I was on my way from Saigon to see the famed temples of Angkor. It was a long, hot, bumpy ride to Phnom Penh. There were miles of rice paddies and many, many water buffalo wading through the watery ditches and fields. Once we crossed the border into Cambodia, almost everyone we passed waved at our van - both children and adults.
Some of the kids, upon realizing we were foreigners, quickly turned those hands over and outstretched them as they called out for money. The first time, it was like a punch in the gut -- that first realization that not all was as idyllic as it might have first appeared. I began to notice that most of the tilted shacks on toothpick stilts had no doors, providing fleeting views into dark rooms devoid of furniture.
The road was extremely rough - sometimes dirt, sometimes crumbling asphalt riddled with potholes. At one point, we had to wait 20 minutes while another van was pushed out of a huge hole full of water, since the makeshift bridge had given way.
About a dozen men in sarongs and sandals worked to dislodge it, and then quickly 'repaired' the bridge by reinforcing the rough logs with a few more rocks and sandbags. We held our breath as our driver inched our van across slowly, not sure whether we'd make it until we landed safely on the other side.
A painful past
Visiting the Killing Fields and the Tuol Sleng Genocide Museum was beyond difficult. These were the places where thousands of Cambodians were tortured and killed during the Pol Pot years.
It's really too excruciating to write about, but I will say that it must have been the worst possible combination of evil, madness, ignorance and fear that conspired to allow such atrocities to occur in such recent times. I think back to my days in elementary school, when I had no comprehension whatsoever of what the few refugees who made it to North America had been through.
Mystical temples of Angkor
And finally the temples. They were as awe-inducing as anticipated. Giant moss-covered Buddhas. Crumbling stone structures entangled with jungle. Saffron-robed monks here and there standing out against the background of gray stone. Our guide took us to different parts of the huge Angkor site on three separate days, and even still we only saw a fraction of it.
Perhaps my favorite temple was called "The Bayon". We saw it in the rain, which scared all other visitors away. That left only a mist-enshrouded stone structure surrounded by the greenest of green fields of grass.
A city lost
I'm always curious about whyruined cities were abandoned. In this case, one theory is that Angkor was sacked and looted during a period of war in the 1400s. The Khmer kingdom collapsed and the survivors scattered south and west to other cities. Other scholars think a pattern of monsoons and flooding made the place uninhabitable, or the opposite -- that a prolonged period of drought was to blame.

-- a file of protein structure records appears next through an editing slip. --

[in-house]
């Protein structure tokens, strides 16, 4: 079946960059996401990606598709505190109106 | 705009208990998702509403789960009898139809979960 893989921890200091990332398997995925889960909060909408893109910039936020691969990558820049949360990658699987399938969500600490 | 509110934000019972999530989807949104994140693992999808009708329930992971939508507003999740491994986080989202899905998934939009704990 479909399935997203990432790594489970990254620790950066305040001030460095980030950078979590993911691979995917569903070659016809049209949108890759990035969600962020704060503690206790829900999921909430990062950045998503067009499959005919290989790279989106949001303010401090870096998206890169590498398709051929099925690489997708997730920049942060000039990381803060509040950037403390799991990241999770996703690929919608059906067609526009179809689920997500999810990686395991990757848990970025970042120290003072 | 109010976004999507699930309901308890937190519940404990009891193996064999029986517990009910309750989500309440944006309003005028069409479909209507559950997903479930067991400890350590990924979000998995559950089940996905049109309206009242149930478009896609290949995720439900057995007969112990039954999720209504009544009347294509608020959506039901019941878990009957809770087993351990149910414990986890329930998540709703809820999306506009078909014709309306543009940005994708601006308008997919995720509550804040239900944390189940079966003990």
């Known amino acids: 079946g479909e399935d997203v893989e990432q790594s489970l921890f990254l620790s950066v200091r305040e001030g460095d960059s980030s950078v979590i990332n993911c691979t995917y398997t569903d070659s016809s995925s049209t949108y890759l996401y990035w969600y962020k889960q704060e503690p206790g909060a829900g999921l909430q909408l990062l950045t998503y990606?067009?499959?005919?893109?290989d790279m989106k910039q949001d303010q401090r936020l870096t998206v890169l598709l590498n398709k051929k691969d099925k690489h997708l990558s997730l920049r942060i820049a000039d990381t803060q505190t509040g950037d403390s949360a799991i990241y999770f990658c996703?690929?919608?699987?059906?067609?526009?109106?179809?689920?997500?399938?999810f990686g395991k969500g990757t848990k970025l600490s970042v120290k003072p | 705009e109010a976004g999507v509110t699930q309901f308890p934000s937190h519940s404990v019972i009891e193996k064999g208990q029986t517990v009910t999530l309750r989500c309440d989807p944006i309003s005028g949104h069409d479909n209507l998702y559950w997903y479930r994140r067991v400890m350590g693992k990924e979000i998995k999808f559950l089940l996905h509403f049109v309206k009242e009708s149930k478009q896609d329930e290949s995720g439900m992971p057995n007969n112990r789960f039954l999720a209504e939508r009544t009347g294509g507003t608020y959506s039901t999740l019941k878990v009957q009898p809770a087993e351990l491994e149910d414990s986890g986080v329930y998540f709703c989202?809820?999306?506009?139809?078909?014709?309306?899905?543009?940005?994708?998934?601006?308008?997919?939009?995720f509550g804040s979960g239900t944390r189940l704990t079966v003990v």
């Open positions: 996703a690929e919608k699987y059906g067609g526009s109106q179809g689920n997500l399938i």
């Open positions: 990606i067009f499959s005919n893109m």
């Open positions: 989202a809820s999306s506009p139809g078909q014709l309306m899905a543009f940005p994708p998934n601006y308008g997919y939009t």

Whatever the reason, the temples were gradually taken over by jungle, known only to locals and a few intrepid explorers until the late 19th century. At that point, a few European archaeologists took a keen interest, and the French started restoring the site in the early 20th century.
Mona with the children
The Angkor experience was punctuated regularly by persistent pint-sized souvenir sellers. Over and over, I heard pleading cries of 'Madame, you buy postcard, one dollar?' Rejection was met with dramatic displays of pouting, at least until the next Sir or Madame came along, at which point the petite pearly whites were unveiled once again. It was sad to see such young children forced by circumstance into working instead of attending school, or playing for that matter.
Child labour is a significant problem in Cambodia, but instead of encouraging the practice by giving in to their pleas, I was advised (wisely) to support organizations or programs working to address the issues. I found the Cambodian Center for the Protection of Children's Rights, a locally-established NGO operating shelters, education programs, health care, and rescue operations for children.
Random good stuff
On a lighter note, here are some Cambodian sights and experiences that made me smile:
The food, so full of rich flavours. My favourite was a dish called 'fish amok', a seafood stew in a sweet chili sauce.
Monks on motorcycles. They don't drive themselves, but often hop on the back to hitch a ride. To see them being motored around in their bright orange robes seemed amusingly paradoxical.
Signs, labels and business names with slightly off English translations. Some have spelling or grammar mistakes like the bottled water claiming to be "clean and safty for your health" and the furniture store called "Mattress of Furniture and Beds". Others are trying their hardest to portray a happy and positive image. Take "Restaurant Lovely" and "Beautiful Guest House" for example. Who wouldn't want to eat or stay with them?
Recommended reading and viewing
For inspiration before or while you're traveling in Cambodia:
Stay Alive My Sonby Pin Yathay is a true account written by a survivor of the Cambodian genocide. It's a difficult read emotionally, but powerful, providing first-hand insight into the horrors of the Pol Pot years.
A compelling piece of historical fiction, Temple of a Thousand Faces is set amid the temples of Angkor in the 12th century, when the Khmer empire was flourishing. It's full of princes, princesses, warriors, generals, allegiances and betrayals.
Of course, you must watch (or re-watch) The Killing Fields. The film is based on the true story of an American reporter covering the Cambodian Civil War and his local contact who becomes a prisoner of the Khmer Rouge.